This is a follow-up from last Thursday’s post about our early human and Neanderthal ancestors who ate a starch-rich diet, “so much starch that it dramatically altered the composition of their oral microbiomes.” It also grew the size of their brains. It upends our notion that Neanderthals ate mostly animal food. That pivotal study found that they, and their ancestors (and ours), were cooking grains 600,000 years ago!
Anyway, back to this study:
Whole- And Refined-Grain Consumption And Longitudinal Changes In Cardiometabolic Risk Factors In The Framingham Offspring Cohort, The Journal of Nutrition, 13 July 2021
It found that replacing refined grains (RG) with whole grains (WG) was linked to smaller increases in waist size, blood glucose, and blood pressure as participants aged.
Refined grains included refined cold ready-to-eat breakfast cereal (defined as containing <25% whole grains by weight), cooked breakfast cereal (not oatmeal), white bread, English muffins, bagels, muffins, biscuits, white rice, pasta, pancakes, waffles, crackers, and pizza.
Whole grains included foods made from barley, brown rice, brown rice flour, buckwheat groats, bulgur, cornmeal, corn flour, millet, oats, oat flour, rye, rye flour, and whole wheat flour.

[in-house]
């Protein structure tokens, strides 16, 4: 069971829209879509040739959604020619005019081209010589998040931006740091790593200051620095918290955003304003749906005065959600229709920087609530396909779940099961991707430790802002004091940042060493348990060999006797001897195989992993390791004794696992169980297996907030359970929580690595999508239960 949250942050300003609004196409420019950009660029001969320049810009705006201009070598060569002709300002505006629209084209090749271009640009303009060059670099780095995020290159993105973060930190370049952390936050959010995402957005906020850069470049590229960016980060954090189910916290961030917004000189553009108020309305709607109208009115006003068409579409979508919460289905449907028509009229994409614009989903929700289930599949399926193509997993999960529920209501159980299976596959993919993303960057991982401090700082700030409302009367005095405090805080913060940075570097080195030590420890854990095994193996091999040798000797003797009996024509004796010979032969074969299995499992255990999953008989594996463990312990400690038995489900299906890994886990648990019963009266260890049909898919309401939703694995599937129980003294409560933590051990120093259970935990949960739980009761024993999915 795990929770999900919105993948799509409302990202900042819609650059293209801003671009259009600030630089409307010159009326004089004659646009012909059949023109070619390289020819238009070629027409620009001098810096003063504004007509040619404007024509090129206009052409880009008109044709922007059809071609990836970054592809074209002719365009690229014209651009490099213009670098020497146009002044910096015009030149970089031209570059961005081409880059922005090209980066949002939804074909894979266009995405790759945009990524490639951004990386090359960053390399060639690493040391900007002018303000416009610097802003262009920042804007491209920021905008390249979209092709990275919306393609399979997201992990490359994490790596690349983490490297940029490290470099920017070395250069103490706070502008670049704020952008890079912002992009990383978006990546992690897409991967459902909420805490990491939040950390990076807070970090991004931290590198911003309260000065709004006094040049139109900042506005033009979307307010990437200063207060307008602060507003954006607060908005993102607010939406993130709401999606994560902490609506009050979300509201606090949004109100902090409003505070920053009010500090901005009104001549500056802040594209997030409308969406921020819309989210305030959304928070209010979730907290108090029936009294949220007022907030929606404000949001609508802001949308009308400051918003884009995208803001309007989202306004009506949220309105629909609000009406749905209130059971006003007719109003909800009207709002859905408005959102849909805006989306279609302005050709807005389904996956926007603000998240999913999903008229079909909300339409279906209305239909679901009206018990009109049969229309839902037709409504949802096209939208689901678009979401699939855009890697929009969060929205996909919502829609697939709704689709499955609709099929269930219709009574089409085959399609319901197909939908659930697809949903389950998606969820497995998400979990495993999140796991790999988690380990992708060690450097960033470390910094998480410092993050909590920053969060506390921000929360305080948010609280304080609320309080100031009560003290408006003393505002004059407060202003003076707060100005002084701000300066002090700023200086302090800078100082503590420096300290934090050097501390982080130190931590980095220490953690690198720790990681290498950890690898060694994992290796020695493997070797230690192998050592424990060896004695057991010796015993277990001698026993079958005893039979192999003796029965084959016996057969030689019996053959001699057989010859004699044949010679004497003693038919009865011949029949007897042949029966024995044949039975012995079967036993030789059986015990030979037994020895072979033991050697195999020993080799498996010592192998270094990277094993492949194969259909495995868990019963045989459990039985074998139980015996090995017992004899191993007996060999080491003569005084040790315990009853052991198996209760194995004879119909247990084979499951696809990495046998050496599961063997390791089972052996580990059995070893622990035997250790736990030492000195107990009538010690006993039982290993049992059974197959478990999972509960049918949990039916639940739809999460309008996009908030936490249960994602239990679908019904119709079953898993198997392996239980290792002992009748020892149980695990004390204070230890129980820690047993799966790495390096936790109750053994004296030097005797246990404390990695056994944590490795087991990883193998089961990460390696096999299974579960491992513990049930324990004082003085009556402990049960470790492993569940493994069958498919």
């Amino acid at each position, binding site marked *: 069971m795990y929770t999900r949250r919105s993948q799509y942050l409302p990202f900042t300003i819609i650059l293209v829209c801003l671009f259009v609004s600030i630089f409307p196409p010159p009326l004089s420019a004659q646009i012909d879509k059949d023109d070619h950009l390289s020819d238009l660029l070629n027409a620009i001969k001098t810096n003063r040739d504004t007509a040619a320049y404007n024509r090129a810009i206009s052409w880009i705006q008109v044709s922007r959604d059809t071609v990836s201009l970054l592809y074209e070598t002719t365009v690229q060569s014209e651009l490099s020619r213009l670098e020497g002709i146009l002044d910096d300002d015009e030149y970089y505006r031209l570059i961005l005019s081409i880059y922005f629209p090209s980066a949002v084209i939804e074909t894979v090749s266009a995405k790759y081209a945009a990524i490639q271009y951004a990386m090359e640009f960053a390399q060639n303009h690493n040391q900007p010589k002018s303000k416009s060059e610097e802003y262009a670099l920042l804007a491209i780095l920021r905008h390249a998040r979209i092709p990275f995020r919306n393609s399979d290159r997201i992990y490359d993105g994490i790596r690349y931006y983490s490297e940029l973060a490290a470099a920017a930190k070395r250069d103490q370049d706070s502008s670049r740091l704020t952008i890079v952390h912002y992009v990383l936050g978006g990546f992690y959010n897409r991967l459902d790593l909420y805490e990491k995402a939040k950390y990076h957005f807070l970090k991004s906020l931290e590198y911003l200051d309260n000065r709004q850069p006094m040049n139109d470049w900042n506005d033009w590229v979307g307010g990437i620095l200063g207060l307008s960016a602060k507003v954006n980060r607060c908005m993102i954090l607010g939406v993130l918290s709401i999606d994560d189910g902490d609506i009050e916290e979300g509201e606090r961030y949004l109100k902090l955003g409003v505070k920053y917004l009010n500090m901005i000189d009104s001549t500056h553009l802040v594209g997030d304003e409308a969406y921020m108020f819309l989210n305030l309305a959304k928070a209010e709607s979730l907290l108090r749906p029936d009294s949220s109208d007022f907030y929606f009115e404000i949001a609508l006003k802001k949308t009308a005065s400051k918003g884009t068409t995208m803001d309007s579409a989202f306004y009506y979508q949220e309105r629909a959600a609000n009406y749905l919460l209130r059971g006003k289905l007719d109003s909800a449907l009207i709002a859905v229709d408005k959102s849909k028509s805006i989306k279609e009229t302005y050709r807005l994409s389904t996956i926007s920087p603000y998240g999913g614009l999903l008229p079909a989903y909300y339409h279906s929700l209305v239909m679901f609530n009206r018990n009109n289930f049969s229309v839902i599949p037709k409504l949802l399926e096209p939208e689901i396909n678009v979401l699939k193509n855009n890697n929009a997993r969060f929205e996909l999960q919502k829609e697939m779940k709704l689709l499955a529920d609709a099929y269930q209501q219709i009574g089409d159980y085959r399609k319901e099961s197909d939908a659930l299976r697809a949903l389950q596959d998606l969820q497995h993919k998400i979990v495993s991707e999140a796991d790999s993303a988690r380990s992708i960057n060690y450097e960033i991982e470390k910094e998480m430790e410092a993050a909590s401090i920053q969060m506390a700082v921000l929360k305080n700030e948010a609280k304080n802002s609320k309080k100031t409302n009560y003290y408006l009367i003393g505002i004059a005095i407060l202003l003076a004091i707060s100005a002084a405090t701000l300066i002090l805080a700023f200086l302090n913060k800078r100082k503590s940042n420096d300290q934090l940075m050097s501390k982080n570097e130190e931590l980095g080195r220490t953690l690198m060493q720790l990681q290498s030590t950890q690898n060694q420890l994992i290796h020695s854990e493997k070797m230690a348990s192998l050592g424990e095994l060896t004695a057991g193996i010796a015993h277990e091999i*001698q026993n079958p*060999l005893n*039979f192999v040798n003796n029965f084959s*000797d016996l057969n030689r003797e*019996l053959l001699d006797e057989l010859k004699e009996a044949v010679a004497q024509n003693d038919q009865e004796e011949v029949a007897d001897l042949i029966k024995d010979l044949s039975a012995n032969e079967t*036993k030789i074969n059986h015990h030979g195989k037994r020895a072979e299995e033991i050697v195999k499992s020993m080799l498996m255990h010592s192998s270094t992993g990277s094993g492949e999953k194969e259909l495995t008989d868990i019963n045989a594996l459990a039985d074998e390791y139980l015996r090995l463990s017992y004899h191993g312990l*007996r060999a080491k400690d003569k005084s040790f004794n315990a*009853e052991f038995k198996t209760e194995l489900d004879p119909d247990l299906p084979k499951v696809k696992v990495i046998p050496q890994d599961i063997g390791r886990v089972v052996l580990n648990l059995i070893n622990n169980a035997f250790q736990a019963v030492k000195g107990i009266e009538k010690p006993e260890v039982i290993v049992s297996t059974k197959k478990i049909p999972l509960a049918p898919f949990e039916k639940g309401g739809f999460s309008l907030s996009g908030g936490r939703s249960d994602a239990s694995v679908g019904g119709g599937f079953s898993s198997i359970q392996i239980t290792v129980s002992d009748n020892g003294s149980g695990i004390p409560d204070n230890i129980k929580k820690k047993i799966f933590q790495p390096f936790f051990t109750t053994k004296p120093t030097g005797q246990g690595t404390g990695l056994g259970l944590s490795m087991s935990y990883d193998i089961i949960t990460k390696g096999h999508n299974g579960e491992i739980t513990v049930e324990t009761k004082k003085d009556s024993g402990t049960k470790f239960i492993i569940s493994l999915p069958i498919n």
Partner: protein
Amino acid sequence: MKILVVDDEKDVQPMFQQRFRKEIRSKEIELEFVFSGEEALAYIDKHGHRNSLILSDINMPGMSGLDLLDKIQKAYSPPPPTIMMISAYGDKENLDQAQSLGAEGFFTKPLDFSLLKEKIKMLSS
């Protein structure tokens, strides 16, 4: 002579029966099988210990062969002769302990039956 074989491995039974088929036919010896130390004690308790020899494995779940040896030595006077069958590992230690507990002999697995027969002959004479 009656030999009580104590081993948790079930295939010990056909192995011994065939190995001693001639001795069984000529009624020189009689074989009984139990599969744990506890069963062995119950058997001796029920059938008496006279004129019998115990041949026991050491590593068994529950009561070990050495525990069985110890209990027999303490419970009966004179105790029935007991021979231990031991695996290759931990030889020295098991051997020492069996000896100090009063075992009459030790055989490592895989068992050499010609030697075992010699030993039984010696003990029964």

- WG is high in dietary fiber, which can have a satiating effect, and soluble fiber, in particular, may have a beneficial effect on blood lipids. Evidence from randomized controlled trials has demonstrated the cholesterol-lowering effect of beta-glucan found in whole grain oats.
- The slower digestion and absorption of WG may result in a reduction in postprandial glucose and insulin response, which may, in turn, favor the oxidation and lipolysis of fat rather than its storage. In contrast, evidence from clinical studies supports that diets rich in highly digestible carbohydrates, indicative of greater refined grain or low fiber intake, can alter lipoprotein secretion and clearance, leading to higher fasting triglyceride concentrations.
- Fermentation of dietary fiber by the microbiota present in the colon produces short-chain fatty acids (SCFAs), which are involved in lipid metabolism and satiety and glucose metabolism.
- Other nutritional attributes of WG, such as magnesium, potassium, selenium, and zinc, as well as antioxidants and polyphenols, may contribute to lowering blood pressure and improving glucose and insulin metabolism.
The starch-rich diet our ancestors ate had to be less refined. No? And it benefited them. They did cook though, which is a type of food processing. Imagine the fiber in that diet!